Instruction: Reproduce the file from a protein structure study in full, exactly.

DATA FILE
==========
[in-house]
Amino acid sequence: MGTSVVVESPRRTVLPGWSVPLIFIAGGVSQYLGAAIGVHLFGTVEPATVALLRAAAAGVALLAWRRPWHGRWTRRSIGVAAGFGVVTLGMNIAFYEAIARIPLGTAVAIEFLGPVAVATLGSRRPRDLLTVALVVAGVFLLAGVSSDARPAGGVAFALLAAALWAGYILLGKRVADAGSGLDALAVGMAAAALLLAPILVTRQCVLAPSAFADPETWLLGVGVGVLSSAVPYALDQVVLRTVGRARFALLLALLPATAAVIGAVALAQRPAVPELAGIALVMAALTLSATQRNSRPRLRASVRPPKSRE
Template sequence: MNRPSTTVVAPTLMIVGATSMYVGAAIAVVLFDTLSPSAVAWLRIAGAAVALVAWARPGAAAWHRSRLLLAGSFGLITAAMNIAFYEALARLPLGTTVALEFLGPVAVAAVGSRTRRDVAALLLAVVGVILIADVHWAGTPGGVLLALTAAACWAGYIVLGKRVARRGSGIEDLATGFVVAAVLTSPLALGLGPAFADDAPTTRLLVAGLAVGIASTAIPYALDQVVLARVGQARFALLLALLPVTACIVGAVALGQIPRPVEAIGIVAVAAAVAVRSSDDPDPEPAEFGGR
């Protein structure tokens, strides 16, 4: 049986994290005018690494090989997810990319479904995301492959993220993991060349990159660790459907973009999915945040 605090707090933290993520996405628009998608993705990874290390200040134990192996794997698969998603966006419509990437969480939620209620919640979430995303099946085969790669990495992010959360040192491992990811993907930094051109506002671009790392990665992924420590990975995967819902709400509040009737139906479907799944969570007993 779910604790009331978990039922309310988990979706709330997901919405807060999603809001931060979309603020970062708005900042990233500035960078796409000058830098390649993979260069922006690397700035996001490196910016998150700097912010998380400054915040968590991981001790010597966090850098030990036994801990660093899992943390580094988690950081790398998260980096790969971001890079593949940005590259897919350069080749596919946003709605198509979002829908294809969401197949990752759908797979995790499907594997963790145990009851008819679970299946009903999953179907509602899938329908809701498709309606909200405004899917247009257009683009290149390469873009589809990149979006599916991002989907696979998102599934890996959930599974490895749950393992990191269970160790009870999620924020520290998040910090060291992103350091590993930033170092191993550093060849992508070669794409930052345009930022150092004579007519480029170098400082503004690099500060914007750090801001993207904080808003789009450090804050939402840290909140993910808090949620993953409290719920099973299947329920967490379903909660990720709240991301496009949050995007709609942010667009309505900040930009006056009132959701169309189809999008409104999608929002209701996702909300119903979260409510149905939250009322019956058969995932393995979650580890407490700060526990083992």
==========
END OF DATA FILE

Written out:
[in-house]
Amino acid sequence: MGTSVVVESPRRTVLPGWSVPLIFIAGGVSQYLGAAIGVHLFGTVEPATVALLRAAAAGVALLAWRRPWHGRWTRRSIGVAAGFGVVTLGMNIAFYEAIARIPLGTAVAIEFLGPVAVATLGSRRPRDLLTVALVVAGVFLLAGVSSDARPAGGVAFALLAAALWAGYILLGKRVADAGSGLDALAVGMAAAALLLAPILVTRQCVLAPSAFADPETWLLGVGVGVLSSAVPYALDQVVLRTVGRARFALLLALLPATAAVIGAVALAQRPAVPELAGIALVMAALTLSATQRNSRPRLRASVRPPKSRE
Template sequence: MNRPSTTVVAPTLMIVGATSMYVGAAIAVVLFDTLSPSAVAWLRIAGAAVALVAWARPGAAAWHRSRLLLAGSFGLITAAMNIAFYEALARLPLGTTVALEFLGPVAVAAVGSRTRRDVAALLLAVVGVILIADVHWAGTPGGVLLALTAAACWAGYIVLGKRVARRGSGIEDLATGFVVAAVLTSPLALGLGPAFADDAPTTRLLVAGLAVGIASTAIPYALDQVVLARVGQARFALLLALLPVTACIVGAVALGQIPRPVEAIGIVAVAAAVAVRSSDDPDPEPAEFGGR
């Protein structure tokens, strides 16, 4: 049986994290005018690494090989997810990319479904995301492959993220993991060349990159660790459907973009999915945040 605090707090933290993520996405628009998608993705990874290390200040134990192996794997698969998603966006419509990437969480939620209620919640979430995303099946085969790669990495992010959360040192491992990811993907930094051109506002671009790392990665992924420590990975995967819902709400509040009737139906479907799944969570007993 779910604790009331978990039922309310988990979706709330997901919405807060999603809001931060979309603020970062708005900042990233500035960078796409000058830098390649993979260069922006690397700035996001490196910016998150700097912010998380400054915040968590991981001790010597966090850098030990036994801990660093899992943390580094988690950081790398998260980096790969971001890079593949940005590259897919350069080749596919946003709605198509979002829908294809969401197949990752759908797979995790499907594997963790145990009851008819679970299946009903999953179907509602899938329908809701498709309606909200405004899917247009257009683009290149390469873009589809990149979006599916991002989907696979998102599934890996959930599974490895749950393992990191269970160790009870999620924020520290998040910090060291992103350091590993930033170092191993550093060849992508070669794409930052345009930022150092004579007519480029170098400082503004690099500060914007750090801001993207904080808003789009450090804050939402840290909140993910808090949620993953409290719920099973299947329920967490379903909660990720709240991301496009949050995007709609942010667009309505900040930009006056009132959701169309189809999008409104999608929002209701996702909300119903979260409510149905939250009322019956058969995932393995979650580890407490700060526990083992």